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Judge strips power from Ambassador Bridge owners in construction dispute

A judge has stripped the company that owns the Ambassador Bridge of control over a key construction project, and transferred total control to the project’s joint partner, the Michigan Department of Transportation.

Judge Prentis Edwards had found Detroit International Bridge Company (DIBC) officials in contempt of court for delaying the Gateway Project.

That construction project to better connect the Ambassador Bridge and surrounding highways has been held up for years by legal wrangling.

Edwards’ had briefly jailed bridge owner Matty Moroun and DIBC President Dan Stamper for contempt.

But his latest decision to hand total control over to M-DOT seems to have taken both sides by surprise.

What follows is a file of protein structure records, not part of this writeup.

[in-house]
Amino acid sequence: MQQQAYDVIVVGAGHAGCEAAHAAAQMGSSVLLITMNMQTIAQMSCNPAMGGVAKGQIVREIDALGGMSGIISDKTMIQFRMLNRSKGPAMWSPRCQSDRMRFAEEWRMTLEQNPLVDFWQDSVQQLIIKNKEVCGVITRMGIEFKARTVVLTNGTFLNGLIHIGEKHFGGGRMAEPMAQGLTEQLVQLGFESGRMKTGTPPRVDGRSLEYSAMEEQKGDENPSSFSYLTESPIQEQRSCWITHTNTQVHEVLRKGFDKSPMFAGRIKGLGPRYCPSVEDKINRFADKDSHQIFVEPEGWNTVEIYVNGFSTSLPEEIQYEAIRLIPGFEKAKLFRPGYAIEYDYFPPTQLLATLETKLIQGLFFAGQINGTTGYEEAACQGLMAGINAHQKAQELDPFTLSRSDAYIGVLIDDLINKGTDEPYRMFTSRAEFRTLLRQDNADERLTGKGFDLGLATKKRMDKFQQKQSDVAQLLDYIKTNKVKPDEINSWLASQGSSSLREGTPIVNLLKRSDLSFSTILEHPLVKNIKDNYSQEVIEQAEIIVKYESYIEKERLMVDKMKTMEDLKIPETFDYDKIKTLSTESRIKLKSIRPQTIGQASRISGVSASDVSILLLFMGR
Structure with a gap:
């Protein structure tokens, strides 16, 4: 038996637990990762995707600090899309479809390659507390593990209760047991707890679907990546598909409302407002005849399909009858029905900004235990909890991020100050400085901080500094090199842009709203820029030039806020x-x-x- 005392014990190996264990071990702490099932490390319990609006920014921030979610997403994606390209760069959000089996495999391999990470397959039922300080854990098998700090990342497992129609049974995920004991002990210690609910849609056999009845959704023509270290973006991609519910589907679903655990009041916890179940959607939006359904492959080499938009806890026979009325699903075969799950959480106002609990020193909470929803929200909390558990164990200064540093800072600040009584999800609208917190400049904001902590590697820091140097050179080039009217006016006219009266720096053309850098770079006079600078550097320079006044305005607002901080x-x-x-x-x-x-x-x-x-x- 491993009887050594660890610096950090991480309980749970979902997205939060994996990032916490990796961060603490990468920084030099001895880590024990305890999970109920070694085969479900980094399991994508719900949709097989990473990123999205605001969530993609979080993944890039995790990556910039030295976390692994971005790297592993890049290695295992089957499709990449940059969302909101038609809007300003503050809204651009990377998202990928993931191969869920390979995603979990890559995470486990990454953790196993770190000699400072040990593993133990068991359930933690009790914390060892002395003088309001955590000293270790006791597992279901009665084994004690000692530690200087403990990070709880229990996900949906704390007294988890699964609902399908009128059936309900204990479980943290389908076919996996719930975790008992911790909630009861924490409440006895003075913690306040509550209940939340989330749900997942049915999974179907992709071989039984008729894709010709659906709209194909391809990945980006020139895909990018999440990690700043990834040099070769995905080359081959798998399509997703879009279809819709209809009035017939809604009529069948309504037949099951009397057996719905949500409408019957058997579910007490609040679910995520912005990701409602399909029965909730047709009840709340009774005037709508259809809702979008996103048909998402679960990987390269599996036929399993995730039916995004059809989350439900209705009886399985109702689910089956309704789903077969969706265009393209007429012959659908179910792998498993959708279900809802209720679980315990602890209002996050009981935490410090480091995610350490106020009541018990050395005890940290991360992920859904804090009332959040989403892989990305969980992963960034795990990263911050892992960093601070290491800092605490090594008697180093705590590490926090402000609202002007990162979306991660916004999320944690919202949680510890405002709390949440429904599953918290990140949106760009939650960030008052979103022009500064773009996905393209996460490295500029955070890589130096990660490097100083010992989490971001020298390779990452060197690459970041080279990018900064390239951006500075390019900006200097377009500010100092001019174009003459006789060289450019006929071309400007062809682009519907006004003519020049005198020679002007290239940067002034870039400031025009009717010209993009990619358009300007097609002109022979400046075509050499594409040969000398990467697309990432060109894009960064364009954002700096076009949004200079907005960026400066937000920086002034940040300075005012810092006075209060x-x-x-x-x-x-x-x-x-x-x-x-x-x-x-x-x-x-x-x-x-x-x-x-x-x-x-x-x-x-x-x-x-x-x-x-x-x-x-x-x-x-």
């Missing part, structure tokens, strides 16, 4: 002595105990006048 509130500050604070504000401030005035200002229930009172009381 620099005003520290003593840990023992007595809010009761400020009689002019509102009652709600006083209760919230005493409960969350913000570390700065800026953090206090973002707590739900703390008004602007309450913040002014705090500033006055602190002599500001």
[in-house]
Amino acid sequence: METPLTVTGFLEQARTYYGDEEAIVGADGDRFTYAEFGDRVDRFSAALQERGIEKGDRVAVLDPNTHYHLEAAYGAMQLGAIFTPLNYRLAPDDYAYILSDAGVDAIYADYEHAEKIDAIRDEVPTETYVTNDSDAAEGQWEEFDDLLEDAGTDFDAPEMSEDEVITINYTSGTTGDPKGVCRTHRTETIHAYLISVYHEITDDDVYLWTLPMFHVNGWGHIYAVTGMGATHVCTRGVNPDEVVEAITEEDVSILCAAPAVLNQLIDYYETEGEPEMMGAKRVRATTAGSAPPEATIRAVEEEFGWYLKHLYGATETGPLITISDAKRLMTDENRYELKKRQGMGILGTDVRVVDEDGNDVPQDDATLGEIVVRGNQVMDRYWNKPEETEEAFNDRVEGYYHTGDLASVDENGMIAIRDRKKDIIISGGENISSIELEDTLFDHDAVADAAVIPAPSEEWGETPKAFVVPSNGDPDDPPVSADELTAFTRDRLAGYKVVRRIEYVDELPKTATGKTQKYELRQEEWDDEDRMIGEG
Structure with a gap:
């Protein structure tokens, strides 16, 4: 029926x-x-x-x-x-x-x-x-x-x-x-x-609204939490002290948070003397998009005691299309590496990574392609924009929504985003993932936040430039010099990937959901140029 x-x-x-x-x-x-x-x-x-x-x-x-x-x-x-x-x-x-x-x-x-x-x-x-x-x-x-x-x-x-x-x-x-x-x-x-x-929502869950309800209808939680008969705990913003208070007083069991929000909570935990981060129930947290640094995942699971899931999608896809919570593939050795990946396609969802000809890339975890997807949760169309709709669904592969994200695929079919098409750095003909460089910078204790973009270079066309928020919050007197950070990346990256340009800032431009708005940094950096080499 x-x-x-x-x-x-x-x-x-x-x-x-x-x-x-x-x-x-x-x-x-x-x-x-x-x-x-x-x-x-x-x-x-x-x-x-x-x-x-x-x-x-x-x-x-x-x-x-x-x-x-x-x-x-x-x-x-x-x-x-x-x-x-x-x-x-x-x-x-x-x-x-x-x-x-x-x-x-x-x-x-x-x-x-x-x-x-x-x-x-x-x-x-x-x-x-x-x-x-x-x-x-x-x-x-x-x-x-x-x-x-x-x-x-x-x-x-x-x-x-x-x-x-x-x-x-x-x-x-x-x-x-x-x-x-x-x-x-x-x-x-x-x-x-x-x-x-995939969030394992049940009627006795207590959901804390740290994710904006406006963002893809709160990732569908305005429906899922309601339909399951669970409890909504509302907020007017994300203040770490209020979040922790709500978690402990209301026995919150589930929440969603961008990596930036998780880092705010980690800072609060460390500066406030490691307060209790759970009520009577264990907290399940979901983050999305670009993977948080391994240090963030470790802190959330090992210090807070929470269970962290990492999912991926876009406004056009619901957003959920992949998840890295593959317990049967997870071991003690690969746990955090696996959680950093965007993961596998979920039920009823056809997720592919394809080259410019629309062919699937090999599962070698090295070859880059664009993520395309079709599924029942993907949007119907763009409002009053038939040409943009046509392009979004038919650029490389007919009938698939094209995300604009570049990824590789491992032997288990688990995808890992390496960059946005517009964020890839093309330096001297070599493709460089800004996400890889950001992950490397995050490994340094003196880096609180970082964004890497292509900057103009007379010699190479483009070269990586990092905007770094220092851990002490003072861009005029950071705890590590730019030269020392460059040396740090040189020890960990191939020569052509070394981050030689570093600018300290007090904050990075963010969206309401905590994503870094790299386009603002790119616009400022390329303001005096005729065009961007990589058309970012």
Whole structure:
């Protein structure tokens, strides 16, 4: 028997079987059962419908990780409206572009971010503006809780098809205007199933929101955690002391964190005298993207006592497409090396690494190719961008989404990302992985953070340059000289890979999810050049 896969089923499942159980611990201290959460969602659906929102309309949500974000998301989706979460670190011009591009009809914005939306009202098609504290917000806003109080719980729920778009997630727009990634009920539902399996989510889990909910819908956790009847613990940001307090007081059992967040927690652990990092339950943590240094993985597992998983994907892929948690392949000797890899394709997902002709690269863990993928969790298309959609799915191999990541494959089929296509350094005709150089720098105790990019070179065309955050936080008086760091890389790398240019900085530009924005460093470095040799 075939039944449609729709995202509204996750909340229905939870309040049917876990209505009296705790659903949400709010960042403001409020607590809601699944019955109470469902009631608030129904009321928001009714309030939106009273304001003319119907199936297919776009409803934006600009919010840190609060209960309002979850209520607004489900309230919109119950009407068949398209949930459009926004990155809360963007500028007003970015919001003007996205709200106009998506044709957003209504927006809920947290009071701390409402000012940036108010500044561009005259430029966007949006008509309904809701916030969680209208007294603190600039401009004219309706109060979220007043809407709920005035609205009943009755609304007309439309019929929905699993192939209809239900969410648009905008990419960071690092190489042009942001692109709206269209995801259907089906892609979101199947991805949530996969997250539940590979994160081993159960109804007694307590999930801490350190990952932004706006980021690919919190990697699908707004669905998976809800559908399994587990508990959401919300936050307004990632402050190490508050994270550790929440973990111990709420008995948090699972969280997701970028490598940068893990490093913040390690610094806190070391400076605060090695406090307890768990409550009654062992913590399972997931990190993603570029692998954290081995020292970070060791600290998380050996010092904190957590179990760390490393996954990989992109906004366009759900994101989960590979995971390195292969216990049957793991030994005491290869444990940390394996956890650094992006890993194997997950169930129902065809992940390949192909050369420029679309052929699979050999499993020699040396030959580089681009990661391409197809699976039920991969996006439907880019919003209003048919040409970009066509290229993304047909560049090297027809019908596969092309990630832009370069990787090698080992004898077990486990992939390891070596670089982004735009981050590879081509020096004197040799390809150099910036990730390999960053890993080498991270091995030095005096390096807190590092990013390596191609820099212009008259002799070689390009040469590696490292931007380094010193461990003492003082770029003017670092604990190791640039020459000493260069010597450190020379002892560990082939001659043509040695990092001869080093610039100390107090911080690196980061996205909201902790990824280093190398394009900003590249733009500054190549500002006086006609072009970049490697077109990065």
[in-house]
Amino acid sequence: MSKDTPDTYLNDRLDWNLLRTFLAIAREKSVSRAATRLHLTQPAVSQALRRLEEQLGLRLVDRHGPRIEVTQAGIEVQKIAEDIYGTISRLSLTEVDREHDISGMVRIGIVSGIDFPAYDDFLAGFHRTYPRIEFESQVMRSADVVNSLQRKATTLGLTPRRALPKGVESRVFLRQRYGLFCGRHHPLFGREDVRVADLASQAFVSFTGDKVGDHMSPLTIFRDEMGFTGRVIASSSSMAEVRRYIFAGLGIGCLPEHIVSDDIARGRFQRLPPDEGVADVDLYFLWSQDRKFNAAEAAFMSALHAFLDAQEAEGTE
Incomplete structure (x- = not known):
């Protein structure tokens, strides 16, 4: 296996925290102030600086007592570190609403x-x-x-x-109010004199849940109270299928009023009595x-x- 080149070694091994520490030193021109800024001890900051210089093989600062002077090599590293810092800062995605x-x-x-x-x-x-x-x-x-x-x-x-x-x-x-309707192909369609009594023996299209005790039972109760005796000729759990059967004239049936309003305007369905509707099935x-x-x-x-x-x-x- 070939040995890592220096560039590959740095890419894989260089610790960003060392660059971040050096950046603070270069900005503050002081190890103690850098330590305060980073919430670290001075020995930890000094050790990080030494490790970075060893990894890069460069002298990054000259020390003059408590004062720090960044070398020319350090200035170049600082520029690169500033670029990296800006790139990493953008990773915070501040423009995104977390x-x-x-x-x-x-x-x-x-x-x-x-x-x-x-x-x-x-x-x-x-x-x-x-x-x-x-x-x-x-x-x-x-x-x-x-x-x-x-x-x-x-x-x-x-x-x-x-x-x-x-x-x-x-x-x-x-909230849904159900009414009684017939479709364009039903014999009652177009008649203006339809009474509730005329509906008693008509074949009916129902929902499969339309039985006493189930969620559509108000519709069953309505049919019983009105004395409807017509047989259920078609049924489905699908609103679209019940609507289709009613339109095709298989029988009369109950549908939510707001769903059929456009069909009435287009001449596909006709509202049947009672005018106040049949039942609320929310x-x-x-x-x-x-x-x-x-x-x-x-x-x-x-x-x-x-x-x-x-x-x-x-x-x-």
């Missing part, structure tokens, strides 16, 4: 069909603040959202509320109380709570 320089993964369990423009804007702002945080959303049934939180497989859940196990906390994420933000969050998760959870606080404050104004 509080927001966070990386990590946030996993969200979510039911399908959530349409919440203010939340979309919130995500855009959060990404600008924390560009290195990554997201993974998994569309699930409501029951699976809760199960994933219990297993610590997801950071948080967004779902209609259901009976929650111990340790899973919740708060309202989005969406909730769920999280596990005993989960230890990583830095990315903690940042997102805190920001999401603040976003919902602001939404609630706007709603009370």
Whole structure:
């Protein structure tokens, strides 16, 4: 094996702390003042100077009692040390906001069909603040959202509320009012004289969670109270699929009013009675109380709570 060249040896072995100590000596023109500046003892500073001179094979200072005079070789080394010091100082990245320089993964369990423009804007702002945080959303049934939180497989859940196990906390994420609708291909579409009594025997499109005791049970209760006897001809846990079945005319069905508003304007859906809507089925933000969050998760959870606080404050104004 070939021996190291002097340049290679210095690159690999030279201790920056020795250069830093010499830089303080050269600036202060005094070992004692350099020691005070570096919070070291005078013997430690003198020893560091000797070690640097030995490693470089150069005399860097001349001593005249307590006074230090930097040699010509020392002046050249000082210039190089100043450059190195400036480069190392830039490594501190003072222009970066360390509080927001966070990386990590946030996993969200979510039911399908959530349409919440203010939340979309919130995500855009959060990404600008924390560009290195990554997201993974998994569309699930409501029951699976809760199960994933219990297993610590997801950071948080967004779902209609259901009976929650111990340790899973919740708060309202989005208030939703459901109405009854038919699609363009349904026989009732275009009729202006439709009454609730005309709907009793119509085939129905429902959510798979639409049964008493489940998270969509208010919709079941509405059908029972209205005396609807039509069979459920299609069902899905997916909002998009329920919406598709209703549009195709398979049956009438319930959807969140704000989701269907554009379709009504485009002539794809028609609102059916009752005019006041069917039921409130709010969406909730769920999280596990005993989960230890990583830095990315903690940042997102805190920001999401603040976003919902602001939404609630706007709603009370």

Godfrey Dillard, a lawyer for the DIBC, says it’s too soon to say how they’ll deal with this latest twist—and the judge’s order that the Bridge Company pay $16 million in construction costs upfront.

“Well, we’ll have to look at it,” Dillard said. “Needless to say, we’re not happy.”

M-DOT engineer Tony Kratofil says this wasn’t exactly what the state was looking for. even with total control over the project, they still need substantial cooperation from the Bridge Company to move forward.

“We’re still going to have to coordinate with them, because they have to operate the bridge plaza and the border crossing,” Kratofil said. “So we’re going to need their full cooperation throughout the process.”

Edwards set another hearing for March 22.


Sarah Cwiek joined Michigan Public in October 2009. As our Detroit reporter, she is helping us expand our coverage of the economy, politics, and culture in and around the city of Detroit.
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